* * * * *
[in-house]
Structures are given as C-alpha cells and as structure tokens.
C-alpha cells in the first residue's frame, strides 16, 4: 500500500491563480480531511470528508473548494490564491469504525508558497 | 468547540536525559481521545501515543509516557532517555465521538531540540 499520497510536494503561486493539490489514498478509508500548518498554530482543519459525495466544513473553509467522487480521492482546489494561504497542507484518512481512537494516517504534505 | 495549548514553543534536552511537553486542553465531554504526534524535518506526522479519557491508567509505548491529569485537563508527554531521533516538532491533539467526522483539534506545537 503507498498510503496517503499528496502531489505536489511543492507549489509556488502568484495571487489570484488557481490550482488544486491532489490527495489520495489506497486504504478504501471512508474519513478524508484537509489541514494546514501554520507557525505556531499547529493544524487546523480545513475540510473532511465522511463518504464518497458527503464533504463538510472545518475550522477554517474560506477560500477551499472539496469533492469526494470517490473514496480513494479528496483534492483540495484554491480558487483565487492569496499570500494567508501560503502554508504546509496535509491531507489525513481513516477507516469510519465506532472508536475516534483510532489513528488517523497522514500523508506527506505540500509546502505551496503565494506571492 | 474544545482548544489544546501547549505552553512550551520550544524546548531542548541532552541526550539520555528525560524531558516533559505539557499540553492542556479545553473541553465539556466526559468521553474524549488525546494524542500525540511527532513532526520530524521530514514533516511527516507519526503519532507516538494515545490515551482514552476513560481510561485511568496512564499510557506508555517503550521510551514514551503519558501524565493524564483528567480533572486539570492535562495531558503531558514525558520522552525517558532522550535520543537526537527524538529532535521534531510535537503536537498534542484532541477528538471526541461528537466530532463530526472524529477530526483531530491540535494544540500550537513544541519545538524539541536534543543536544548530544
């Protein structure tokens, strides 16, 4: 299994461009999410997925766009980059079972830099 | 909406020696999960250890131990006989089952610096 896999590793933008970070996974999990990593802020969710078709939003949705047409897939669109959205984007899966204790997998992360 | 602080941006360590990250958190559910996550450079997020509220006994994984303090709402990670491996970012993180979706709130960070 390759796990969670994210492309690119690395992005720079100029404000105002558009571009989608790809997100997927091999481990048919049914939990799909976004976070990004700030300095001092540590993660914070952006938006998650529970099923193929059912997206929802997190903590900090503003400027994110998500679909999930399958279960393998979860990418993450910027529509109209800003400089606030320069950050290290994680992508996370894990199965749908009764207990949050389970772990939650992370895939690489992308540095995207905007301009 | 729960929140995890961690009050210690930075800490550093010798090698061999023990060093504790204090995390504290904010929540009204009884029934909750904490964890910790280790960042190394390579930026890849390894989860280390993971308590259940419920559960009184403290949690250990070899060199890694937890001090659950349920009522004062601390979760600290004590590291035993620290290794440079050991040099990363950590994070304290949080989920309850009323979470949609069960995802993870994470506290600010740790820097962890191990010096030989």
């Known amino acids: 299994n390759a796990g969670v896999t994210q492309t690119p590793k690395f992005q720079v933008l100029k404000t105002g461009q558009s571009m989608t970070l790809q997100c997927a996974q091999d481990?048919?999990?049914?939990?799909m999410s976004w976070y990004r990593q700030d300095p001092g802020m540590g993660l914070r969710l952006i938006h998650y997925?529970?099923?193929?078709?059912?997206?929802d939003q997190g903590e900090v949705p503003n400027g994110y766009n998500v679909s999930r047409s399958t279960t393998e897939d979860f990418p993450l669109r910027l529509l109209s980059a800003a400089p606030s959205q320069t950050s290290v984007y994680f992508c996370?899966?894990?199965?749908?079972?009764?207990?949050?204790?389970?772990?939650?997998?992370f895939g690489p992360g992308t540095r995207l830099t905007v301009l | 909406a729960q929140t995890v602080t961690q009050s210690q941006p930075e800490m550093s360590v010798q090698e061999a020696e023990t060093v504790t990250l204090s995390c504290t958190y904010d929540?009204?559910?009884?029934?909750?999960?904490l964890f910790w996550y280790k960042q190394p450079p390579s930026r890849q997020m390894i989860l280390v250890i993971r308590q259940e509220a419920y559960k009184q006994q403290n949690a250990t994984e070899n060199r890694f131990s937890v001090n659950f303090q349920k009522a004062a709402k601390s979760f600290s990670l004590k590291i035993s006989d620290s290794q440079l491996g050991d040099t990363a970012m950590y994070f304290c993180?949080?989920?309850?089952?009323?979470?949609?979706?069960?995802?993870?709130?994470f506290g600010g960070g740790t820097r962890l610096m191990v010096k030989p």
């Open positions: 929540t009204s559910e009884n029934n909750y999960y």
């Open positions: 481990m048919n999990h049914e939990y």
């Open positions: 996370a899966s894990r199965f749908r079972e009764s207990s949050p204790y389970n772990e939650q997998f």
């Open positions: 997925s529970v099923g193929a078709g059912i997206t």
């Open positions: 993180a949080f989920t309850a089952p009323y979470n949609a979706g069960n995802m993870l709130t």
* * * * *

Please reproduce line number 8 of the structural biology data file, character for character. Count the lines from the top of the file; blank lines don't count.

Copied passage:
């Open positions: 996370a899966s894990r199965f749908r079972e009764s207990s949050p204790y389970n772990e939650q997998f």